COVID-19 measures under daily review
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President David Granger
President David Granger

…says President as he calls on Guyanese to play their part in fight against the pandemic

CONTROL measures instituted by the Government of Guyana to guard against the spread of the novel coronavirus (COVID-19), are being reviewed daily, but President David Granger believes Guyanese need to play an equal role in the fight against the dreaded disease, as measures without compliance would be futile.

There has been a consistent increase in the number of COVID-19 cases over the past two months, with the latest statistics showing that the country recorded 413 cases to date. Officials have, time and again, said the rise is due mainly to the callous behaviour of some persons, who choose to flout the control measures.
The existing measures have been promulgated by the Ministry of Public Health and published by the government in the Official Gazette.
“We adjust those measures daily… the NCTF (National COVID-19 Task Force) meets regularly and Cabinet is briefed,” said President Granger in an invited comment, on Thursday.

The President recalled that government immediately took action after Guyana recorded its first case in March. The NCTF was formed and measures were crafted and implemented, in order to mitigate the spread of the disease.
In speaking further about the situation, President Granger said: “The hinterland was almost free of COVID-19, but because people have been coming across (the border) illegally, we have seen a spike in mining and logging areas.”

Region Seven (Cuyuni-Mazaruni) and Region Nine (Upper Takutu-Upper Essequibo), which is situated close to the border with Brazil, have since been identified as the country’s COVID-19 “hotspots.”

But, in addition to illegal crossing, persons, right here, have been purposely flouting the measures, and this poses a risk to the entire population.
Government has since responded by creating the Mobile Emergency Enforcement Team, which comprises officers of the Guyana Police Force (GPF) and health personnel.

“Whenever there is a change in the situation we respond immediately…We do not want to make life uncomfortable (with control measures), but it is a fact that unless people at an individual or personal level observe those rules, the situation won’t change.
“The government cannot only enforce, we are calling on the population to observe those measures. If the measures are not observed, the population is at risk. And, only then will the government need to act,” said President Granger.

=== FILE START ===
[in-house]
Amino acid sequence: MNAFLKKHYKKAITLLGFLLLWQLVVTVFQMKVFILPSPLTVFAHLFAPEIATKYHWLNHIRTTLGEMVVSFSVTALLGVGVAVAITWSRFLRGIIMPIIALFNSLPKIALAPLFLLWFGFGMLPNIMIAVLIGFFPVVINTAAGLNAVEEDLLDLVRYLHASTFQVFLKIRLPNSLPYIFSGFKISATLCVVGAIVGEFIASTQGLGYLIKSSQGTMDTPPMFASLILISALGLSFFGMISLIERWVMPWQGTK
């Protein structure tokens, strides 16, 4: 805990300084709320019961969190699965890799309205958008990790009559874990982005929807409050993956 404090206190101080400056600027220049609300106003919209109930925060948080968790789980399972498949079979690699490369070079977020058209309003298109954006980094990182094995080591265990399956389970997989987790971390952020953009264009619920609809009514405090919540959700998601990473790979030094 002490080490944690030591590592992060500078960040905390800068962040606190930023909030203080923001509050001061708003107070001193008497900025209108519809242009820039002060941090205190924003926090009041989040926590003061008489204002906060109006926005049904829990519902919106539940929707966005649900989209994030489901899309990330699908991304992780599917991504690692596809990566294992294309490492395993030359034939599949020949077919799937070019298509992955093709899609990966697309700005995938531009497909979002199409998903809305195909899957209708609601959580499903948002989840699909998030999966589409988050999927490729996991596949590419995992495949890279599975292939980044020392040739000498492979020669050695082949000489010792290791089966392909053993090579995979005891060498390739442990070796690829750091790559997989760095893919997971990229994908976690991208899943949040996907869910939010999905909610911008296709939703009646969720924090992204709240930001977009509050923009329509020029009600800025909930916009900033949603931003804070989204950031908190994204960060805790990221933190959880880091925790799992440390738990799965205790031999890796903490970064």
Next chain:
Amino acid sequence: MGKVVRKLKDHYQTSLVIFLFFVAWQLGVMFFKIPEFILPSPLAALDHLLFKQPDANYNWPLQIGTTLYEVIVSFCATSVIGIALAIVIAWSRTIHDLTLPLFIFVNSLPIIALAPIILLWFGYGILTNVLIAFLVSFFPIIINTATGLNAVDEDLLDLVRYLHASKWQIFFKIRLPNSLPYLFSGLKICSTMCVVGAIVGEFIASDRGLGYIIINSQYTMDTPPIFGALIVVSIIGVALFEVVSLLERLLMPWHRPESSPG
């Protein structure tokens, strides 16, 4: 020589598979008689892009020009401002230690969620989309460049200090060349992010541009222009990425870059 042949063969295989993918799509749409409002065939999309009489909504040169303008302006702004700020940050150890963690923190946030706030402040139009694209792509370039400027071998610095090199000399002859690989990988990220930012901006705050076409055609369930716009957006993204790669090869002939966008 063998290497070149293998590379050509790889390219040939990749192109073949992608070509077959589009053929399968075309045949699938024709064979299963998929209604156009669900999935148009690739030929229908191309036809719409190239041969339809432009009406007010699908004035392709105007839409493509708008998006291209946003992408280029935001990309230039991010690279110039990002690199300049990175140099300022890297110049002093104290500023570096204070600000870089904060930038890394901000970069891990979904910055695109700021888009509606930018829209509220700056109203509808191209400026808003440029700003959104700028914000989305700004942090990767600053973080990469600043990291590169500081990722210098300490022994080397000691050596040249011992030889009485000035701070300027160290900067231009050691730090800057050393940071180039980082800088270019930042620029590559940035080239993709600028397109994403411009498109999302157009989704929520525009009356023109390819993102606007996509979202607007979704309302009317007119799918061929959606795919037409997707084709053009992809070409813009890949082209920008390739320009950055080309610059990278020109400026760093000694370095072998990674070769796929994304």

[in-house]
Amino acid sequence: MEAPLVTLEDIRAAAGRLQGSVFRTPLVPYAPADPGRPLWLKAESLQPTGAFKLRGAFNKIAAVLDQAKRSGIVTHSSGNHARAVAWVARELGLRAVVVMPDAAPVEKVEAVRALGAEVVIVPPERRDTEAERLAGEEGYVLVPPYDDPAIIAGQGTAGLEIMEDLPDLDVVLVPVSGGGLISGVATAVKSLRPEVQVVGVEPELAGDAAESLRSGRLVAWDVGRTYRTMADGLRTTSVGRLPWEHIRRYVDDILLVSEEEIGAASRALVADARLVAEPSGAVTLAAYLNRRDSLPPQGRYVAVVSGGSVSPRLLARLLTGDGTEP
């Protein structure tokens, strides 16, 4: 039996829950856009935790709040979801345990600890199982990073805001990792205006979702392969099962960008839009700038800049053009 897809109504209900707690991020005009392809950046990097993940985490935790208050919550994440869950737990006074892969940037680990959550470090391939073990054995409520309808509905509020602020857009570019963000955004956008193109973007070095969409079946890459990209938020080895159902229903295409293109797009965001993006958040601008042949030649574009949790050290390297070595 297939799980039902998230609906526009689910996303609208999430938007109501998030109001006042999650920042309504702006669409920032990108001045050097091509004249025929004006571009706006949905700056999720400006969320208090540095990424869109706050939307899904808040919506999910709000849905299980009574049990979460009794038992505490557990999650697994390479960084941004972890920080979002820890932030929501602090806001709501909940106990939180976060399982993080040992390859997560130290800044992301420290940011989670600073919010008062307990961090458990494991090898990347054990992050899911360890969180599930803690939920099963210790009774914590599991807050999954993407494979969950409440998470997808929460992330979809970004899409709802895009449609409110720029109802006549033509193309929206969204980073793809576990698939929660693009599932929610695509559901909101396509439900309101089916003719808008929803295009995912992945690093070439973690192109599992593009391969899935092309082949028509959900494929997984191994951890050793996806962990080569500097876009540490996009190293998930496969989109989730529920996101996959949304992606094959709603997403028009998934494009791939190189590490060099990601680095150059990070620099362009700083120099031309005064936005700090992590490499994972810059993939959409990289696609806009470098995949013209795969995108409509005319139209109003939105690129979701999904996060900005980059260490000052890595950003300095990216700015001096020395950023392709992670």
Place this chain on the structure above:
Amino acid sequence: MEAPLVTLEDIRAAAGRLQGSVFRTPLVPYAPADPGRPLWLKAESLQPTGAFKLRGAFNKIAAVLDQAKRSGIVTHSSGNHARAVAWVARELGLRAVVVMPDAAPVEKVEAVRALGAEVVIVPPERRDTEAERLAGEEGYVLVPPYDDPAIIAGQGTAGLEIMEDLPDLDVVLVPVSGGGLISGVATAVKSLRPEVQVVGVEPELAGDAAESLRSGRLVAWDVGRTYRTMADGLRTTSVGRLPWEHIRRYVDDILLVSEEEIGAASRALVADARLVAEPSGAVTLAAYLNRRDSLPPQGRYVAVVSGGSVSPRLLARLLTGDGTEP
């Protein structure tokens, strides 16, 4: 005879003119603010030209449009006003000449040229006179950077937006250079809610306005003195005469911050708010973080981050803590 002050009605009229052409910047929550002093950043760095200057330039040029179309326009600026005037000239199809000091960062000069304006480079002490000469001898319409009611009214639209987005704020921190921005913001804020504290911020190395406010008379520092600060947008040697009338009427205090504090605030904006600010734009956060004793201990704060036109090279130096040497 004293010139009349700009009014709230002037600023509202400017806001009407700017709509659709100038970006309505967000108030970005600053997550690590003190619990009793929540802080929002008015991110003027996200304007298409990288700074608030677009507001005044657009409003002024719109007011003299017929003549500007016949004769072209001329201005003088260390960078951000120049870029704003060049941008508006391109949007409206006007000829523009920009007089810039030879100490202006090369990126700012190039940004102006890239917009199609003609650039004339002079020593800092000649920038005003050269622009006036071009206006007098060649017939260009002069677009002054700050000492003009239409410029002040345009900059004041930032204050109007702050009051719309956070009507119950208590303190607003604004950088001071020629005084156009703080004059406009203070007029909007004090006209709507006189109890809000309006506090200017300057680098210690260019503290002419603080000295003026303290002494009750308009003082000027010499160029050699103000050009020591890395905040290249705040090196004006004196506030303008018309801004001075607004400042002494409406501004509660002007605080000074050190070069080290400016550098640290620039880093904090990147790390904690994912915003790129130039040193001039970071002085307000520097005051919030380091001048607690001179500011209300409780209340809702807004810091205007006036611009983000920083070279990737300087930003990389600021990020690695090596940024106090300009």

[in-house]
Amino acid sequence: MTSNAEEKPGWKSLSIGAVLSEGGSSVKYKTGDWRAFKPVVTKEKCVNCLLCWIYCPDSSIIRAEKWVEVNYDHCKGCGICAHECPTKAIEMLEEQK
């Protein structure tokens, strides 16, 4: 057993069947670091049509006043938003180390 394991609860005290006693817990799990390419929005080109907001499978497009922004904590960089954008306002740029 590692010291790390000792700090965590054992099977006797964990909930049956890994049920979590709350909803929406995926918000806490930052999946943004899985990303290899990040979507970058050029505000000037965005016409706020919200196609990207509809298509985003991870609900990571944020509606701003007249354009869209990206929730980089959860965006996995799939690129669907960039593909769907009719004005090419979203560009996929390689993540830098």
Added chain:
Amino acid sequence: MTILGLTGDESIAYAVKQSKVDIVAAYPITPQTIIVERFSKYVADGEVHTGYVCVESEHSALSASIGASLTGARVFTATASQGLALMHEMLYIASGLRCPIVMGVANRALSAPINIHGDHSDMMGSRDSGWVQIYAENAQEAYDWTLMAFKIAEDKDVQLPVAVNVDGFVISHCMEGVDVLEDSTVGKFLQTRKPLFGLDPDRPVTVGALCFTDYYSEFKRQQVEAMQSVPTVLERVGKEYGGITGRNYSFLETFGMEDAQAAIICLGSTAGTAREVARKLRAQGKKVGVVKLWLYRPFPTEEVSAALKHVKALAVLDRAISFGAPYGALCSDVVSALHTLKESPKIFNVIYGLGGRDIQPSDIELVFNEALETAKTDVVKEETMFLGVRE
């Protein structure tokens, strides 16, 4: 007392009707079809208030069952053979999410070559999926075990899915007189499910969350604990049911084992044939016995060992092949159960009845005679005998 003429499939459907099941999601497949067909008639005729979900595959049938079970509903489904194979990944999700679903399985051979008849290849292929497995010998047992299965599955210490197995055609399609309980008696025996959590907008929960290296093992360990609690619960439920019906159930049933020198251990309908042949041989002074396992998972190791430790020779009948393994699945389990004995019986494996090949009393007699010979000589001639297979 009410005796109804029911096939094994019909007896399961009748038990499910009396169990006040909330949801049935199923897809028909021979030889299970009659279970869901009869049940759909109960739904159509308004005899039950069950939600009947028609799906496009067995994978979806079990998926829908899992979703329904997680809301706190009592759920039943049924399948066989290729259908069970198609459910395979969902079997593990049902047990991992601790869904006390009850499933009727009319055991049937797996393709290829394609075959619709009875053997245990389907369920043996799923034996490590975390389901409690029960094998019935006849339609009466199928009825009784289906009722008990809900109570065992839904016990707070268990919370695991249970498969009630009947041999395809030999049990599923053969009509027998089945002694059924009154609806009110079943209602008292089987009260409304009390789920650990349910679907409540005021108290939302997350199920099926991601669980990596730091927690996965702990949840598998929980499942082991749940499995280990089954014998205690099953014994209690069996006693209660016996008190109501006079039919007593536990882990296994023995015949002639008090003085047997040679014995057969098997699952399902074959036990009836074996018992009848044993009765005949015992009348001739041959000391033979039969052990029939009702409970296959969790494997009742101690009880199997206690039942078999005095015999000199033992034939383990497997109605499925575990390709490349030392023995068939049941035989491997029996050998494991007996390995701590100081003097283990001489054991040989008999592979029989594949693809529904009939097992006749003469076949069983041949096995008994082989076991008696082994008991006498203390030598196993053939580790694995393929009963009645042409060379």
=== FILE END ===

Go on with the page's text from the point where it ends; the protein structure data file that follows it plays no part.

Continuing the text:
The president said government and other agencies need to engage, educate and explain what is happening, as these actions must precede enforcement. Enforcement, he believes, is the last stage, but engagement is the earlier stage.
President Granger, in his remarks at the opening of the country’s infectious disease hospital, said inescapable interconnection and interdependence of human societies increase the risks of epidemic, pandemics and global health emergencies.

International travel, legal or illegal, formal or informal, will increase the risk of transmission of human and vector-borne diseases. Epidemics are now more likely to become pandemics.

Communicable diseases exact a huge toll on human life, the economy and on social development. The COVID-19 coronavirus pandemic is expected to result in the contraction of the global economy by 5.2 per cent this year – the deepest recession recorded in over eight decades, according to the World Bank.
The economy of Latin America and the Caribbean is expected to contract by 7.2 per cent in 2020. The pandemic, also, is projected to retard long-term economic growth, reduce living standards and shrink investments, constrain international trade and increase public health expenditures.

“Sickness and deaths – consequences of pandemics – impact adversely on human capital and, particularly, on unemployment and labour productivity. The vulnerable – aged, very young and poor – are affected disproportionately, also.

“This is a dark and a difficult period. Social life has been constrained; sport has been curtailed; employment has shrunk; education has been restricted; business has contracted,” said President Granger, adding that communicable diseases have the potential to cause major disruptions to the normal way of life.
He said Guyanese have been subject to social restrictions over the past four months. These restrictions are only now being relaxed in a phased manner.
Even as authorities relax measures to some extent, there is still keen attention on the management of COVID-19 and its spill-off effects.
President Granger said public health has always been high on government’s agenda. And, this is evident in the “substantial investments” in the public health sector, over the past five years.

Expenditure moved from 3.19 per cent of nominal Gross Domestic Product (GDP) in 2014 to 4.10 per cent in 2019 and, for the corresponding period, from 9.6 per cent of total public sector expenditure to 11.32 per cent.

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